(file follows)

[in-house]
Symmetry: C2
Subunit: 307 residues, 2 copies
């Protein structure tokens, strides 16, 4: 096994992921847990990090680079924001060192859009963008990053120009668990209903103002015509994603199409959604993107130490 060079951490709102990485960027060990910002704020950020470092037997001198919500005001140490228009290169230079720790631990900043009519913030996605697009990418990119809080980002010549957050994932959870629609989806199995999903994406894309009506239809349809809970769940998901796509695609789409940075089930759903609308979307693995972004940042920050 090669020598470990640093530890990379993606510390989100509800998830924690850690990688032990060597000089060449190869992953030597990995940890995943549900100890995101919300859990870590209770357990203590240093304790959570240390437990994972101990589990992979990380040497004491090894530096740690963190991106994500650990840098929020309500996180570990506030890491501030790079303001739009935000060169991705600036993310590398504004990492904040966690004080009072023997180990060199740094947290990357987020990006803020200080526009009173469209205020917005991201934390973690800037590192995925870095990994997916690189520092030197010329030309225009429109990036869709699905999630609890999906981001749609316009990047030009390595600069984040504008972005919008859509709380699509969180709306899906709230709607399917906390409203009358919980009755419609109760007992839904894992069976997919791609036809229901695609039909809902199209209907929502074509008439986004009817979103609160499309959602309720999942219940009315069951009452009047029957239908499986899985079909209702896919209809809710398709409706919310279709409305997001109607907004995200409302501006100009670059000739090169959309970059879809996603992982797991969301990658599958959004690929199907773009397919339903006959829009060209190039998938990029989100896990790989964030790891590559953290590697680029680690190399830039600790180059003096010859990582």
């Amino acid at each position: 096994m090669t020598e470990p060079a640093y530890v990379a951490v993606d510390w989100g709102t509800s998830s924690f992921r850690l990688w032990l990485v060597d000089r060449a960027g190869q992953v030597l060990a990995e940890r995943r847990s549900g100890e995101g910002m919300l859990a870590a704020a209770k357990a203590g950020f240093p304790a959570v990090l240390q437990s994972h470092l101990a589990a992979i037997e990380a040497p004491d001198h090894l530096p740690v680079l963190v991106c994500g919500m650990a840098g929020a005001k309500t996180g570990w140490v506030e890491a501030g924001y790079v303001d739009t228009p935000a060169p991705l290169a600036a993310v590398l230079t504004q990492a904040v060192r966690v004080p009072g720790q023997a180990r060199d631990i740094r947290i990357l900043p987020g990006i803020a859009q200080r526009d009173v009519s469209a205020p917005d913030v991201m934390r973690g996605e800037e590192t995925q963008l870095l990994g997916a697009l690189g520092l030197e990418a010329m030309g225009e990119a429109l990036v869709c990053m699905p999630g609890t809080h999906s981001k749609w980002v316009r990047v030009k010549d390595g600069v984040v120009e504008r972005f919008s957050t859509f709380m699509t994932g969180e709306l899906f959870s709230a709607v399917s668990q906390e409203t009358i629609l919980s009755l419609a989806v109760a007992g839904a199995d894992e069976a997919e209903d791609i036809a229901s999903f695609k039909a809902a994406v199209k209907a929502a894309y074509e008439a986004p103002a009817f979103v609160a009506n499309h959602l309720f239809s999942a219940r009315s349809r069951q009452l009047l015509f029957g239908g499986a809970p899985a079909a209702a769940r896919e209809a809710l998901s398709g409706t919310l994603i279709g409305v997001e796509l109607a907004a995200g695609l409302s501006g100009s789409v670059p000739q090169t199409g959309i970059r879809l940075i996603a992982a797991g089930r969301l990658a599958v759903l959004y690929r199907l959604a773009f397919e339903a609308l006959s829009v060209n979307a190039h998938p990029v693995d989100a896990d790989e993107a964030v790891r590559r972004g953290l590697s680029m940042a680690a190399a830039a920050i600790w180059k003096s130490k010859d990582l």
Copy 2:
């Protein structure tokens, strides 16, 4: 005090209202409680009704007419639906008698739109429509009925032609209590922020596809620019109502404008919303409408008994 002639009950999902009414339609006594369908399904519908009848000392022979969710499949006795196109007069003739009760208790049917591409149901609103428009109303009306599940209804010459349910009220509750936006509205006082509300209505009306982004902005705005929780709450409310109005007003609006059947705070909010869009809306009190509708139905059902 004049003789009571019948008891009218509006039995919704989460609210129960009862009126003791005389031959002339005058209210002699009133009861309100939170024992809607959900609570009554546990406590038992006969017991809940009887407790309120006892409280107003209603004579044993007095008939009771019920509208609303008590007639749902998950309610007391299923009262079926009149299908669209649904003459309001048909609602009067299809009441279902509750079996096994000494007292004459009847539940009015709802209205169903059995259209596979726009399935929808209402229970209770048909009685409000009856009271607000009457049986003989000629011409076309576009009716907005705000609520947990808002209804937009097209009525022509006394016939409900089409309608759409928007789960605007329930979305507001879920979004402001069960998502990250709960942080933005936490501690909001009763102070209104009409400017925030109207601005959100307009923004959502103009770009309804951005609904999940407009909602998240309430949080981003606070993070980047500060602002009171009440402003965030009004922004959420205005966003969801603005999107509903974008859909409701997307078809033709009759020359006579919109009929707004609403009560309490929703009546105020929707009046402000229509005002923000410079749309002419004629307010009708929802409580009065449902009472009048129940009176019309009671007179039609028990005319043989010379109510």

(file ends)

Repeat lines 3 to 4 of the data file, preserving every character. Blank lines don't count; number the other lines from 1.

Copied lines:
Subunit: 307 residues, 2 copies
């Protein structure tokens, strides 16, 4: 096994992921847990990090680079924001060192859009963008990053120009668990209903103002015509994603199409959604993107130490 060079951490709102990485960027060990910002704020950020470092037997001198919500005001140490228009290169230079720790631990900043009519913030996605697009990418990119809080980002010549957050994932959870629609989806199995999903994406894309009506239809349809809970769940998901796509695609789409940075089930759903609308979307693995972004940042920050 090669020598470990640093530890990379993606510390989100509800998830924690850690990688032990060597000089060449190869992953030597990995940890995943549900100890995101919300859990870590209770357990203590240093304790959570240390437990994972101990589990992979990380040497004491090894530096740690963190991106994500650990840098929020309500996180570990506030890491501030790079303001739009935000060169991705600036993310590398504004990492904040966690004080009072023997180990060199740094947290990357987020990006803020200080526009009173469209205020917005991201934390973690800037590192995925870095990994997916690189520092030197010329030309225009429109990036869709699905999630609890999906981001749609316009990047030009390595600069984040504008972005919008859509709380699509969180709306899906709230709607399917906390409203009358919980009755419609109760007992839904894992069976997919791609036809229901695609039909809902199209209907929502074509008439986004009817979103609160499309959602309720999942219940009315069951009452009047029957239908499986899985079909209702896919209809809710398709409706919310279709409305997001109607907004995200409302501006100009670059000739090169959309970059879809996603992982797991969301990658599958959004690929199907773009397919339903006959829009060209190039998938990029989100896990790989964030790891590559953290590697680029680690190399830039600790180059003096010859990582």